Date of Award


Document Type


Degree Name

Master of Science (MS)

Legacy Department

Electrical Engineering

Committee Chair/Advisor

Brooks, Richard R

Committee Member

Burg , Timothy

Committee Member

Griffin , Christopher


This research applies statistical methods in pattern recognition to test the privacy capabilities of a very popular anonymity tool used on the Internet known as Tor.
Using a recently developed algorithm known as Causal State Splitting and Reconstruction (CSSR), we can create hidden Markov models of network processes proxied through Tor. In contrast to other techniques, our CSSR extensions create a minimum entropy model without any prior knowledge of the underlying state structure. The inter-packet time delays of the network process, preserved by Tor, can be symbolized into ranges and used to construct the models.
After the construction of training models, detection is performed using Confidence Intervals. New test data can be fed through a model to determine the intervals and estimate how well the data matches the model. If a match is found, the state sequence, or path, can be used to uniquely describe the data with respect to the model. It is by comparing these paths that Tor users can be identified.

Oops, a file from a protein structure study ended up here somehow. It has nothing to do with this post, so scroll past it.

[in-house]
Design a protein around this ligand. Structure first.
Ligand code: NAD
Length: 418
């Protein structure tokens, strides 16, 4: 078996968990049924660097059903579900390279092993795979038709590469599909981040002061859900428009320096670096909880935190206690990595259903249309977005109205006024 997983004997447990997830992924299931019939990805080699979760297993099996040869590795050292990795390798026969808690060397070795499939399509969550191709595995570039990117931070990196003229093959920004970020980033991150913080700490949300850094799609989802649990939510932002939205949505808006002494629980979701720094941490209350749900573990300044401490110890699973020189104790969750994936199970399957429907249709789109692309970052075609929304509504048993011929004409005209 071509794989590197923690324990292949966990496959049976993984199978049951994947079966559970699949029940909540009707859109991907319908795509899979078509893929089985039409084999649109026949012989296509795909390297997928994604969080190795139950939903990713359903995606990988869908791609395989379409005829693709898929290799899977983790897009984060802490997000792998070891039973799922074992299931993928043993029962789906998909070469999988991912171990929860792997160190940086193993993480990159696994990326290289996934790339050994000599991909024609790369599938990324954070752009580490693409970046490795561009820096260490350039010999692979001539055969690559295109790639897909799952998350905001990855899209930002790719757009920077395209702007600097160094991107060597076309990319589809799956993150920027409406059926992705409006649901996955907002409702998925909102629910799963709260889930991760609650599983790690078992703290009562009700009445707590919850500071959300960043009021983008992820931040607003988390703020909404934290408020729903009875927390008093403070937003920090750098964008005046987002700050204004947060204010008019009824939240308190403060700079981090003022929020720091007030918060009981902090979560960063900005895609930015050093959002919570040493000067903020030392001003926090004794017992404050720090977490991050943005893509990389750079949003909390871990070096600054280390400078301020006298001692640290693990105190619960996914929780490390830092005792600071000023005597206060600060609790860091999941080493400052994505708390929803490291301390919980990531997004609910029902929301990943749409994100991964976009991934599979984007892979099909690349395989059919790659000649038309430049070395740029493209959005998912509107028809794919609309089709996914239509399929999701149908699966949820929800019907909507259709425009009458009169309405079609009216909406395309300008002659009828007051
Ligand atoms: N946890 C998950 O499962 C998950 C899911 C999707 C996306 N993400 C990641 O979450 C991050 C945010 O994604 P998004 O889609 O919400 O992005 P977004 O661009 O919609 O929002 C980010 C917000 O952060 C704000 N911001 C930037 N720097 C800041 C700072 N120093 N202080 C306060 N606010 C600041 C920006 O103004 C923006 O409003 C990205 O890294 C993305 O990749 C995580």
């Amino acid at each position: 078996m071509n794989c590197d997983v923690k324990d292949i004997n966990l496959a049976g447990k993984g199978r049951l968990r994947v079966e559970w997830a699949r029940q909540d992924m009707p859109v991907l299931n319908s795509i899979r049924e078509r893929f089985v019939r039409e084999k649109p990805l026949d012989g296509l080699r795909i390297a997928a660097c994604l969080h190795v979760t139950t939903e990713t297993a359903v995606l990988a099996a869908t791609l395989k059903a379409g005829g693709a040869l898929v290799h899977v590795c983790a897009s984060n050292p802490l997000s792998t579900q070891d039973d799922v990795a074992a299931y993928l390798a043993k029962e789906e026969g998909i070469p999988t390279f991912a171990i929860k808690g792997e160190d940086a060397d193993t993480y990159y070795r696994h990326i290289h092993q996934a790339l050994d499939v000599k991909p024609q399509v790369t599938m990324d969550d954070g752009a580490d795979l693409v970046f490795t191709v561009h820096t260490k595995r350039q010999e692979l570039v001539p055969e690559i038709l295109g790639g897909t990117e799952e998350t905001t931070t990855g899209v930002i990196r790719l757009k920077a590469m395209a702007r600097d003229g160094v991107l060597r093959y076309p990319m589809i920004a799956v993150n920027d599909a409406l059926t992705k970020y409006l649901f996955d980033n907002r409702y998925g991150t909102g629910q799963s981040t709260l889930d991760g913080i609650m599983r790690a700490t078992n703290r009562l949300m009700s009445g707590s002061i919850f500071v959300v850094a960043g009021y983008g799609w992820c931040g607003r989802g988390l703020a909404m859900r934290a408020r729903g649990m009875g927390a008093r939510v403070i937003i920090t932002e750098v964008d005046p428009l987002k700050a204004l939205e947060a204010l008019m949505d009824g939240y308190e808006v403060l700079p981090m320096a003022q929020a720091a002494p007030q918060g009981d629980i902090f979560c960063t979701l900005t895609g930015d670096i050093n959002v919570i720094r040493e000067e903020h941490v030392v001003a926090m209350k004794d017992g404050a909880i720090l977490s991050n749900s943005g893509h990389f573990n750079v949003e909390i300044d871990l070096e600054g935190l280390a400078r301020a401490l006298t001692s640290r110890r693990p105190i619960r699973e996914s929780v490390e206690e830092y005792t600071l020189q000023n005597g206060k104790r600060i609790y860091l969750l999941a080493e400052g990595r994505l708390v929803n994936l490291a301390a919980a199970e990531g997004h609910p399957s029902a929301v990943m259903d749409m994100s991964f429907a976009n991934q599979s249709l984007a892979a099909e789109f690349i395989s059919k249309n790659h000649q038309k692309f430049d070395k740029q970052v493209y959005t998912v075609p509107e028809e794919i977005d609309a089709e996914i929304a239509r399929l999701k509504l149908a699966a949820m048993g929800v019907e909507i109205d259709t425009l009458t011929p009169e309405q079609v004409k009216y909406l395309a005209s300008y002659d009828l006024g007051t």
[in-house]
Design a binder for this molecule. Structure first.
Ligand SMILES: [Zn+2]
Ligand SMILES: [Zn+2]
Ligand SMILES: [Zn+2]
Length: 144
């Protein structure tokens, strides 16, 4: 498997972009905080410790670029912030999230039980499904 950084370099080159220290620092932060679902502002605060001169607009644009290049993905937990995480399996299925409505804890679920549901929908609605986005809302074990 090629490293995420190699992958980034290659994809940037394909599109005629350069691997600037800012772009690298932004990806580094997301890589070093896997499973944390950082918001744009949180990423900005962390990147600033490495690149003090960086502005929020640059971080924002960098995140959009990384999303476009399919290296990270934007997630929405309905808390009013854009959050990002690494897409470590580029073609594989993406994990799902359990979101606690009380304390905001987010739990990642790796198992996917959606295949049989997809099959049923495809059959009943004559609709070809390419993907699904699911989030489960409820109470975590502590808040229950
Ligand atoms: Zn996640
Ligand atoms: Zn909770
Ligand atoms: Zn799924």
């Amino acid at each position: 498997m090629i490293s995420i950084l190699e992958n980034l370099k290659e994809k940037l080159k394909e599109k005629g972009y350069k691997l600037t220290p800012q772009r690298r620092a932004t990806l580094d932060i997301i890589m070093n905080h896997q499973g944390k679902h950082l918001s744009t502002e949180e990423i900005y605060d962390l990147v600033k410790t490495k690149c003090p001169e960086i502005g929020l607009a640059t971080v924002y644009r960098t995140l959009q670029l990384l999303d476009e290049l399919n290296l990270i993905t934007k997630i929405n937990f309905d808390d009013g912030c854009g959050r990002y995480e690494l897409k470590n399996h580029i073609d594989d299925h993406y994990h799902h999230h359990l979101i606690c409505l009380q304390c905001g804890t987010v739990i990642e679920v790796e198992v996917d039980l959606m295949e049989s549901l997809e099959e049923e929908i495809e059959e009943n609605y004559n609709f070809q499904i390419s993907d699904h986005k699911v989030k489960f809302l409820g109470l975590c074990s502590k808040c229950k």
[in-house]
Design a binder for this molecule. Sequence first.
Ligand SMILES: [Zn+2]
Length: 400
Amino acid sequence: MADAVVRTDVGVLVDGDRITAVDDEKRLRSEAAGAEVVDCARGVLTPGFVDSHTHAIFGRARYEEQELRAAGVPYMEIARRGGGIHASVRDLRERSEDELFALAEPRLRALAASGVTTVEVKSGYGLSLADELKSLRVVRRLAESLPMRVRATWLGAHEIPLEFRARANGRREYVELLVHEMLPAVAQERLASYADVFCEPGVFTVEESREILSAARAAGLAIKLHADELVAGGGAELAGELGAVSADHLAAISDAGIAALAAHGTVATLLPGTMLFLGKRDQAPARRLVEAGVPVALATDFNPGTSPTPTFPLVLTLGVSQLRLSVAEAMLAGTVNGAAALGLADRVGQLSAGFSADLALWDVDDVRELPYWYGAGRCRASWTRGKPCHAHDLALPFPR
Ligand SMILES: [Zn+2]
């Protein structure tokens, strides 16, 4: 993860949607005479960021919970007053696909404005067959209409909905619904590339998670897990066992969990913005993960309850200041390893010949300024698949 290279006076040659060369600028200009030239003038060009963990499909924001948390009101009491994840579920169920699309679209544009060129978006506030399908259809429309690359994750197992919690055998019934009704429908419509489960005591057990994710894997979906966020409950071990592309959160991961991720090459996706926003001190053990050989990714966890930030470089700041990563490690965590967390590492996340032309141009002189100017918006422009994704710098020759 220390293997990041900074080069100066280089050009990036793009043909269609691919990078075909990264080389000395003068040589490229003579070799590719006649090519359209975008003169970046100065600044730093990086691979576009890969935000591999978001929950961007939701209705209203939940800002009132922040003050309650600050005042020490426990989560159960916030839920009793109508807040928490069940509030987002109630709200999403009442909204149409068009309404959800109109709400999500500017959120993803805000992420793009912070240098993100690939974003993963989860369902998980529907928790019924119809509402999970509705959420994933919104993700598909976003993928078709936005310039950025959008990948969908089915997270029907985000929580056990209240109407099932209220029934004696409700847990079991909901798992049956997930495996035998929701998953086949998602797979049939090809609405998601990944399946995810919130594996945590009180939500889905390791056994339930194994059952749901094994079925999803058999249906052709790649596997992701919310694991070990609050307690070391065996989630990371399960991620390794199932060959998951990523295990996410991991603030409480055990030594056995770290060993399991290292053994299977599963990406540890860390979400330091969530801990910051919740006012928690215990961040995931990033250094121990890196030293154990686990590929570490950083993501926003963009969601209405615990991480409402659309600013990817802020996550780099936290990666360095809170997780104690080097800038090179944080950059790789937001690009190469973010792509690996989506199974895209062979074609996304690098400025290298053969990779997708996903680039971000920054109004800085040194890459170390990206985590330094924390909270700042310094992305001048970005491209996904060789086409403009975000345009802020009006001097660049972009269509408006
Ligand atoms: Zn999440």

Packet data from any two computers using the Tor network can be matched to a model and their state sequences can be compared to give a statistical likelihood that the two systems are actually communicating together over Tor. We perform experiments on a private Tor network to validate this. Results showed that communicating systems could be identified with a 95% accuracy in our test scenario.
This attack differs from previous maximum likelihood-based approaches in that it can be performed between just two computers using Tor. The adversary does not need to be a global observer. The attack can also be performed in real-time provided that a matching model had already been constructed.



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